I was so lucky that I was the spouse who handled all of our finances. Sometimes, you can’t do anything unless you have the passwords to get into accounts. That’s that Personal Document Locator. You’re like, “Where are things? Where’s the name of my accountant? Who’s my estate attorney? Everybody, get your new six-pack if you’re a couple. That’s your will, healthcare directive, and power of attorney. It’s your six-pack. Have a party. Do your state documents. That’s important.
You need to know that you can trust these people who are going to have access to your documents. I was also going to comment that it would seem important when someone’s choosing a financial advisor during widowhood, like what you do. They need to feel very comfortable with that person’s persona, their style of communicating, and all of that. Someone like you understands what they’re going through. You have tremendous compassion and understanding. That’s important. I’ve experienced where I’ve gone through different things that a person is so dry. They’re like, “Don’t bother me with your neediness.” It can be very off-putting when you’re grieving.
I often say, too, if I’m putting on my financial advisor hat that I’m not the match for everybody. Maybe it is that I move fast. Maybe it is that I am an optimist who worries. Maybe it is that I’m someone who mommies you through. I’m making sure you do those next steps. Maybe you need someone who gives you more of a wide birth. That’s okay. My job is to make sure that you know about the financial process. That’s what that book was for, too. It’s how to find that financial advisor and how to have the people you love make those first calls, so you don’t have to. It’s hard to share your story a few weeks after a loss.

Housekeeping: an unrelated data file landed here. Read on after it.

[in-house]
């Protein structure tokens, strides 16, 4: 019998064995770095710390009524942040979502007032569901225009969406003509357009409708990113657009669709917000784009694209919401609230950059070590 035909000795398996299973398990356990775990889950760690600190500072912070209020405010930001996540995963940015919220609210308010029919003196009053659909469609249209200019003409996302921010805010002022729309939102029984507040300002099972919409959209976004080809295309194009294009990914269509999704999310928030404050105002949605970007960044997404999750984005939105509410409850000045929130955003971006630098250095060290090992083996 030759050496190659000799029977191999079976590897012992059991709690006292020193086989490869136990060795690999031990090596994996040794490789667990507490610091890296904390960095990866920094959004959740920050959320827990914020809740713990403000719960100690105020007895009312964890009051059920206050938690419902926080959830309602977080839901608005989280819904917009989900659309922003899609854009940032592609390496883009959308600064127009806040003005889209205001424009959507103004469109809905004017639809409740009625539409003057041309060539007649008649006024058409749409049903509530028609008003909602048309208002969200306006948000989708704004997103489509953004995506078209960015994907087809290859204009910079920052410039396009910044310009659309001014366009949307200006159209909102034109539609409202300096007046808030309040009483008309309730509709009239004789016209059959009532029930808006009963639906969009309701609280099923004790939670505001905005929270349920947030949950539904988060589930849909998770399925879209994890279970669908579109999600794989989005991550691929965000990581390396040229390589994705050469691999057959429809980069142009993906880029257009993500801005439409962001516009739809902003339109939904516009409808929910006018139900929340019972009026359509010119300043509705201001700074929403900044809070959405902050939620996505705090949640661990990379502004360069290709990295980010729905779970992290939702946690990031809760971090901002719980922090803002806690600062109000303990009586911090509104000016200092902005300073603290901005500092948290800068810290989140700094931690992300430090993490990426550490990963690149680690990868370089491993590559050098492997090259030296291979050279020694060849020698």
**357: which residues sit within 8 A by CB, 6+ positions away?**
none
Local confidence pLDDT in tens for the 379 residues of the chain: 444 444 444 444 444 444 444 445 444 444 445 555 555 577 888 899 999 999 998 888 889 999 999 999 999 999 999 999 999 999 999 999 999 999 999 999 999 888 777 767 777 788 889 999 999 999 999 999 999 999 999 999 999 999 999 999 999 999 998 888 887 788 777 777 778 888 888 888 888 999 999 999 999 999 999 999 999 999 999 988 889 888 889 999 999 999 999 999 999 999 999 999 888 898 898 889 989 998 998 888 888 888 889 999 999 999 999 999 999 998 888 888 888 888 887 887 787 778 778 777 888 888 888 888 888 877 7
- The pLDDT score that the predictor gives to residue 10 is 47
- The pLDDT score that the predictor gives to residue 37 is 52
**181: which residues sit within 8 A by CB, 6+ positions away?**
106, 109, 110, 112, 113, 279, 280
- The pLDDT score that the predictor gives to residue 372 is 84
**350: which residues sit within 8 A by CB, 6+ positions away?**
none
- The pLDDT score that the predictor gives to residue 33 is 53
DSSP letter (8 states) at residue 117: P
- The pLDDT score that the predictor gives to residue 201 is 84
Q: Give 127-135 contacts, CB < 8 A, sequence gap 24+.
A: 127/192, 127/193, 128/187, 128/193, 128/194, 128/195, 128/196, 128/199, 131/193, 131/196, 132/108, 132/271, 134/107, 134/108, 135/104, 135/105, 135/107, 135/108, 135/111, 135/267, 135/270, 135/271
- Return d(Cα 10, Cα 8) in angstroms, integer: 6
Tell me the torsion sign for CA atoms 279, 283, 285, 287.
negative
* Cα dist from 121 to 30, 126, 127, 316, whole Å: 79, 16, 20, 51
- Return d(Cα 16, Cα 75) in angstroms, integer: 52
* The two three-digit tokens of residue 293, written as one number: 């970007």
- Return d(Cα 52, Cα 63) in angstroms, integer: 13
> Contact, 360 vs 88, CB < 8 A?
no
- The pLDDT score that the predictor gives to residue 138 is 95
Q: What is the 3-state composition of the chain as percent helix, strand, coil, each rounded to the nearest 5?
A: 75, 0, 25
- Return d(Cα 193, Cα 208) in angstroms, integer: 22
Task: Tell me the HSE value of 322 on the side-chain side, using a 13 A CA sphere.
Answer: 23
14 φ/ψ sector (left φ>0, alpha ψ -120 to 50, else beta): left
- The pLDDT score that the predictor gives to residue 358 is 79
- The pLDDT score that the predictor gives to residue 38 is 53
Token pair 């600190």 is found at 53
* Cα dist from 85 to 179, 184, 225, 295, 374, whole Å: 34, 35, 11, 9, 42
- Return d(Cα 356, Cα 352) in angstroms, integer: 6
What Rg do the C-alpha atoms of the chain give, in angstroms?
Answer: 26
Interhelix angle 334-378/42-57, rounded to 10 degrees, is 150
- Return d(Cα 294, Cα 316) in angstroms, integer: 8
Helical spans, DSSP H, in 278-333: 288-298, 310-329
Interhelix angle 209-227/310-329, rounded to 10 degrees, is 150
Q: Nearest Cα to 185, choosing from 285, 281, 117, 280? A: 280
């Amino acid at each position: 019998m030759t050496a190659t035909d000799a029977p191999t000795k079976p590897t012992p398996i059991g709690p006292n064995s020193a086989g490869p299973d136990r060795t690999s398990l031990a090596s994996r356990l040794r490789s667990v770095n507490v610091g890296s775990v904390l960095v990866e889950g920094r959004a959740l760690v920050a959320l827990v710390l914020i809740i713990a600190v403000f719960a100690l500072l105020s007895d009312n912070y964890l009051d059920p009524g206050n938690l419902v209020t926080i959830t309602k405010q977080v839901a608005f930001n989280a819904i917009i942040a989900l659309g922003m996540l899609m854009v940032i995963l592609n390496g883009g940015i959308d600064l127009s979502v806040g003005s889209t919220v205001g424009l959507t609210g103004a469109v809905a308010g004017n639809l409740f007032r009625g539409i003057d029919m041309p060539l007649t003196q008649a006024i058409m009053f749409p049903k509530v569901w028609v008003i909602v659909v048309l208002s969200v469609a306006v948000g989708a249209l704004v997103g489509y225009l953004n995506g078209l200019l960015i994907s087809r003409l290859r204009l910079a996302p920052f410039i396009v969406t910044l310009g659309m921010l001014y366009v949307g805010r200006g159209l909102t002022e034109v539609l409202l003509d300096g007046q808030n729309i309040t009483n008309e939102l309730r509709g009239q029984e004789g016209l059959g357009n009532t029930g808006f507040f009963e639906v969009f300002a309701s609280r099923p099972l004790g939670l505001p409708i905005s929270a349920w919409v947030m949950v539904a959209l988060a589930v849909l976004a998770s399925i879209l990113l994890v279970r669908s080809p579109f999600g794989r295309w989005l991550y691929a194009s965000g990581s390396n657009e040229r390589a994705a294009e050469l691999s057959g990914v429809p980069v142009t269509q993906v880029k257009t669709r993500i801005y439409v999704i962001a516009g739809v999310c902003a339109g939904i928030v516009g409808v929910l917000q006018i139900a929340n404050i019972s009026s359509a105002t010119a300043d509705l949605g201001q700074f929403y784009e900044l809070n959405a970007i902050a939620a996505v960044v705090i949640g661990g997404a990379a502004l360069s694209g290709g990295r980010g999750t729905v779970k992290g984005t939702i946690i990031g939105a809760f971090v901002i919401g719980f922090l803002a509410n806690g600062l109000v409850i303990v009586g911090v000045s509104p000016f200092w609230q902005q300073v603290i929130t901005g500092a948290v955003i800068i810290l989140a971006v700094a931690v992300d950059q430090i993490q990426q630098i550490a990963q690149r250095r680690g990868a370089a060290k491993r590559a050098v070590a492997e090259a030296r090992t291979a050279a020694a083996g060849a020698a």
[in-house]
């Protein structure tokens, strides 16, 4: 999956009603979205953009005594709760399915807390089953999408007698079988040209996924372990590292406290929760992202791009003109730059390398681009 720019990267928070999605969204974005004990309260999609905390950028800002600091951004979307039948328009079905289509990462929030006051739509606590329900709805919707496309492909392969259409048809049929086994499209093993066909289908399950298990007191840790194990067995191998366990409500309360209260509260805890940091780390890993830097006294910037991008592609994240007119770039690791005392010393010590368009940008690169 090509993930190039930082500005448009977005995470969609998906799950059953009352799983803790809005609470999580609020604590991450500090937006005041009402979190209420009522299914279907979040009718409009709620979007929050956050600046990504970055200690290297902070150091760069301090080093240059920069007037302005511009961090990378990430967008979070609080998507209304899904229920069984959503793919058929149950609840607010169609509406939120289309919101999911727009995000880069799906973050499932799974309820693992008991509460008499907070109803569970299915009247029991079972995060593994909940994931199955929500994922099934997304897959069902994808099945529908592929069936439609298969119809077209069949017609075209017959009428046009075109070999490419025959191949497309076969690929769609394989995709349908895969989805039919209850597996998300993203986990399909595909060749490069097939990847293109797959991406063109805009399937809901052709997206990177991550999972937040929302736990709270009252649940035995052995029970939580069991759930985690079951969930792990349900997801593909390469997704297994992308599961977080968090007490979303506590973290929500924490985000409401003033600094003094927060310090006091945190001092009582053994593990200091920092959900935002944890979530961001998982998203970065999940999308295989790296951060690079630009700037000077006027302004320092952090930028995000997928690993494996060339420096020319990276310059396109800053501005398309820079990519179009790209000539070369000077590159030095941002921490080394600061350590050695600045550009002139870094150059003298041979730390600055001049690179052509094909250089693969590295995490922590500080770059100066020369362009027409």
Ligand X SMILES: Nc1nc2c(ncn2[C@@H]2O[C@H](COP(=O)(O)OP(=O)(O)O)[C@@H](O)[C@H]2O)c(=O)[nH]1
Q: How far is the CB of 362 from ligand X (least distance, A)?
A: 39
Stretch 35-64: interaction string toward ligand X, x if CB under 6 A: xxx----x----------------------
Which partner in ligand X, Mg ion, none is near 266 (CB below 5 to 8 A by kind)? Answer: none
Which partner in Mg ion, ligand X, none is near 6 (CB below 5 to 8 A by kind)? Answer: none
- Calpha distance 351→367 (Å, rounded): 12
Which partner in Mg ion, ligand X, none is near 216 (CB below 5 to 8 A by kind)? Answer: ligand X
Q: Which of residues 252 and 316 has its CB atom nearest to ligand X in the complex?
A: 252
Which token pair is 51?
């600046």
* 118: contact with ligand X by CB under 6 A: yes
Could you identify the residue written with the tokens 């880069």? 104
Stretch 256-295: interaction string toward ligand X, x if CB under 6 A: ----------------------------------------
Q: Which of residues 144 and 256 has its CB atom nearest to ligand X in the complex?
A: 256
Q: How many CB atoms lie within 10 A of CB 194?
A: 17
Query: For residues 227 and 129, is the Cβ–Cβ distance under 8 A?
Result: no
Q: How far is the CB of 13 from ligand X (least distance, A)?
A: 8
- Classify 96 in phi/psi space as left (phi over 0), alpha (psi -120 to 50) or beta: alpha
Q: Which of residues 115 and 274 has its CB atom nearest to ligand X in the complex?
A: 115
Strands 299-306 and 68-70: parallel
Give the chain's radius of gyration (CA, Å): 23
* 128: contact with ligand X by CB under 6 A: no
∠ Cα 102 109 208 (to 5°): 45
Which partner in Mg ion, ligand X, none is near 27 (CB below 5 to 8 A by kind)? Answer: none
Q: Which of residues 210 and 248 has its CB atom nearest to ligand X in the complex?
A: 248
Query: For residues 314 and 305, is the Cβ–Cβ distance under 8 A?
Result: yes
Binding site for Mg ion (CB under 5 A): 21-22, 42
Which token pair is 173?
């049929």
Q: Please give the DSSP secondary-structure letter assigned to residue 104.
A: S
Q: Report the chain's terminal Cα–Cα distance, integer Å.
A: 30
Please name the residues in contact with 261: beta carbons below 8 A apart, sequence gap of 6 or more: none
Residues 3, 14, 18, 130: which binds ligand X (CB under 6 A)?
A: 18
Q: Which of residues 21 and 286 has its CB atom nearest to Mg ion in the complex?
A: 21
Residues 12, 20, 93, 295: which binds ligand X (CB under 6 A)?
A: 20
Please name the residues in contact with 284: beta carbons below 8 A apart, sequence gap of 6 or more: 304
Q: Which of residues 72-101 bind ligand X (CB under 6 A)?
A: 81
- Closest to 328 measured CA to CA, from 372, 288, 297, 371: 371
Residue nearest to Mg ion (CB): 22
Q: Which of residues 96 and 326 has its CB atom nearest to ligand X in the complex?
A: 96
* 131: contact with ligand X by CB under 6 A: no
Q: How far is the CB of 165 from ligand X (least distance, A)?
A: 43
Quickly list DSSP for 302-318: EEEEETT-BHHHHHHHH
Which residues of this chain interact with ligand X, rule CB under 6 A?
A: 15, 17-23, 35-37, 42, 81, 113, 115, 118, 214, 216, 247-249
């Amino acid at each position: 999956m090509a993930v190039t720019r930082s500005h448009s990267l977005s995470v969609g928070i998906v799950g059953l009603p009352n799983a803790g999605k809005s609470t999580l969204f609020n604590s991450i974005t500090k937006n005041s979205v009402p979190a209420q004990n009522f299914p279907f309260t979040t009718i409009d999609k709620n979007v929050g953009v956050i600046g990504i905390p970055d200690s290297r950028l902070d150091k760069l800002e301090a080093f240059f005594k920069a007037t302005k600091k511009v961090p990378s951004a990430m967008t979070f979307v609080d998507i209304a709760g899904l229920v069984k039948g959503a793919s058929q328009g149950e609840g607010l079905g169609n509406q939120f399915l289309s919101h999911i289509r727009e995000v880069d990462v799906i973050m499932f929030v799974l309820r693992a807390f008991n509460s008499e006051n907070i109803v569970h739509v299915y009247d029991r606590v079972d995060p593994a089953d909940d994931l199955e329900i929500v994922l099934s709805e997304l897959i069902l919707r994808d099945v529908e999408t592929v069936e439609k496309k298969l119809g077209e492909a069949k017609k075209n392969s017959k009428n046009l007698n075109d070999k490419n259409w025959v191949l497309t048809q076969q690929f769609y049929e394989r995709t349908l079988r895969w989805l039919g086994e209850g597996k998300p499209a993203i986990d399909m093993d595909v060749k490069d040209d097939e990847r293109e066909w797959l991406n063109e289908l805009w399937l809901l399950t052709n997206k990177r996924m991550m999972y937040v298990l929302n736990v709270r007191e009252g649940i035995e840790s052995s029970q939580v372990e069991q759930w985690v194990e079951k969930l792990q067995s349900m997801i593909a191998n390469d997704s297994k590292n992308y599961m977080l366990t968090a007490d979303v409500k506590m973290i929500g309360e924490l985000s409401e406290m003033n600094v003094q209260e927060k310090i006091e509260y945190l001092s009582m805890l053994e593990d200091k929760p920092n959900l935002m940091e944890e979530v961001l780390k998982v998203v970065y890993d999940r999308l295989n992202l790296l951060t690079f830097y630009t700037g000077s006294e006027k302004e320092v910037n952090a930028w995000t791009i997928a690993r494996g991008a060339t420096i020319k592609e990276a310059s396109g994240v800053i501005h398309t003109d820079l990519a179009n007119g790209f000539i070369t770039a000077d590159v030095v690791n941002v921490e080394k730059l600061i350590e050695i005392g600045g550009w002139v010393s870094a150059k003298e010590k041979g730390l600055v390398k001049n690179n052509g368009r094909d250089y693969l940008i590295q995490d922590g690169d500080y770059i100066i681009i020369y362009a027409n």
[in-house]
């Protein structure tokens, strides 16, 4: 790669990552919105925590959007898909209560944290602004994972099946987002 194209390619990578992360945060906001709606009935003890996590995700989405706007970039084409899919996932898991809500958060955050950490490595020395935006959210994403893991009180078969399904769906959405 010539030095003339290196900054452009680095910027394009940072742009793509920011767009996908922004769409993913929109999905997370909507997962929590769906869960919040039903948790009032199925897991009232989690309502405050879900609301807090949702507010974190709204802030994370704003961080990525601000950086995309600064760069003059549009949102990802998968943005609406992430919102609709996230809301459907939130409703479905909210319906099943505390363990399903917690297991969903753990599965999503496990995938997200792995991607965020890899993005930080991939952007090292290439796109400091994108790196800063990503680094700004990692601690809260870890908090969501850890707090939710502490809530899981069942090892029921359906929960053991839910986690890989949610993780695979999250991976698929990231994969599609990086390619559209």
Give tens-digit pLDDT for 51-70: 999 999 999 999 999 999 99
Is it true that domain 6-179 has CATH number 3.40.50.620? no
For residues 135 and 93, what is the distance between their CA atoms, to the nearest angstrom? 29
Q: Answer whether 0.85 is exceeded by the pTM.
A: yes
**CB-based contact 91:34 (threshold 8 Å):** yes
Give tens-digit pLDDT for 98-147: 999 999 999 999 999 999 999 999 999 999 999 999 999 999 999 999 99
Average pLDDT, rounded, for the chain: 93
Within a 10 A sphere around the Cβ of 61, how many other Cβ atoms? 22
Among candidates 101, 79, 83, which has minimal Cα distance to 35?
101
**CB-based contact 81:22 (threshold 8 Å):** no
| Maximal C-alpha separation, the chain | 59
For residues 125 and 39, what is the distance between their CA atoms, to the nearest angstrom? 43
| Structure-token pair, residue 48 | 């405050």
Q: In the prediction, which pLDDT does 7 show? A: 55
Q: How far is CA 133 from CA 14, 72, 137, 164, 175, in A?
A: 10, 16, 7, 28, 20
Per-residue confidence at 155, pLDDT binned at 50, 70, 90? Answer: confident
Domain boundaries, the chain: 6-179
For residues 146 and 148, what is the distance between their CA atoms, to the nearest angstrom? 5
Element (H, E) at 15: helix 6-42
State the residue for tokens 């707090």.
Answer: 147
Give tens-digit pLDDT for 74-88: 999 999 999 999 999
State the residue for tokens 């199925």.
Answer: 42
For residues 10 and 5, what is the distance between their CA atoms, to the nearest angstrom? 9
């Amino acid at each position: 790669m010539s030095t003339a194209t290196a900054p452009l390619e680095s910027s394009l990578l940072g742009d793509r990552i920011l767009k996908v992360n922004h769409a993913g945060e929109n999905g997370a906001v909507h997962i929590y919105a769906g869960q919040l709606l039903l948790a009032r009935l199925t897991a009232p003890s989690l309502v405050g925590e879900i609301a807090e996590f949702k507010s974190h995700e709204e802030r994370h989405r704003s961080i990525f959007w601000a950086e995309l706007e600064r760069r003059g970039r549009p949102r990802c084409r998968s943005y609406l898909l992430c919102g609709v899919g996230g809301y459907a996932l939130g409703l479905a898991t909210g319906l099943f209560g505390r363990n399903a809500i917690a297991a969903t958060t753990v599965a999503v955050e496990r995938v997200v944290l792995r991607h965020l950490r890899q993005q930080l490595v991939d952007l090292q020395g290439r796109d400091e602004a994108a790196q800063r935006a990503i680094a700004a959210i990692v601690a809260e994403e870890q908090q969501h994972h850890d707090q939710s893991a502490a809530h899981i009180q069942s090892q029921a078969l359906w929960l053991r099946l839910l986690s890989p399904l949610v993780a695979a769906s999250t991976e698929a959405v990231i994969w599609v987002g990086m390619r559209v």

I love that you give people advice for that. That’s wonderful.
There are checklists and everything. If I can make it organized and systematized and you can follow a checklist, do it. That’s because then, we can put our brains on pause and follow the checklist. We can hand it to our wagon train or the people that are helping us and be like, “Can you call these 5 advisors and give me the 2 you think I should talk to.” Trust their judgment. Don’t put them in charge of it if you don’t trust their judgment. That’s how you free yourself up so that maybe you can take a bubble bath, stick on some earplugs, and listen to an audiobook.
You’ve got an inspiring story about working with your client, Marie, which is probably a great way to show how you work with people and how they benefit from your work. So could you share that with us?
Yeah. Marie had lost her spouse through a long battle with cancer. She was a caregiver. She was spending all of her time, and he kept reassuring her that she was going to be fine. He was like, “Financially, you’re going to be fine. Don’t worry about it.” She took that as truth. After he passed, she was numb. Paperwork would come in and it would get put on a dining room table. She wouldn’t take action on it. She’d get a reminder saying, “You only have a two-year period. How do we do this?”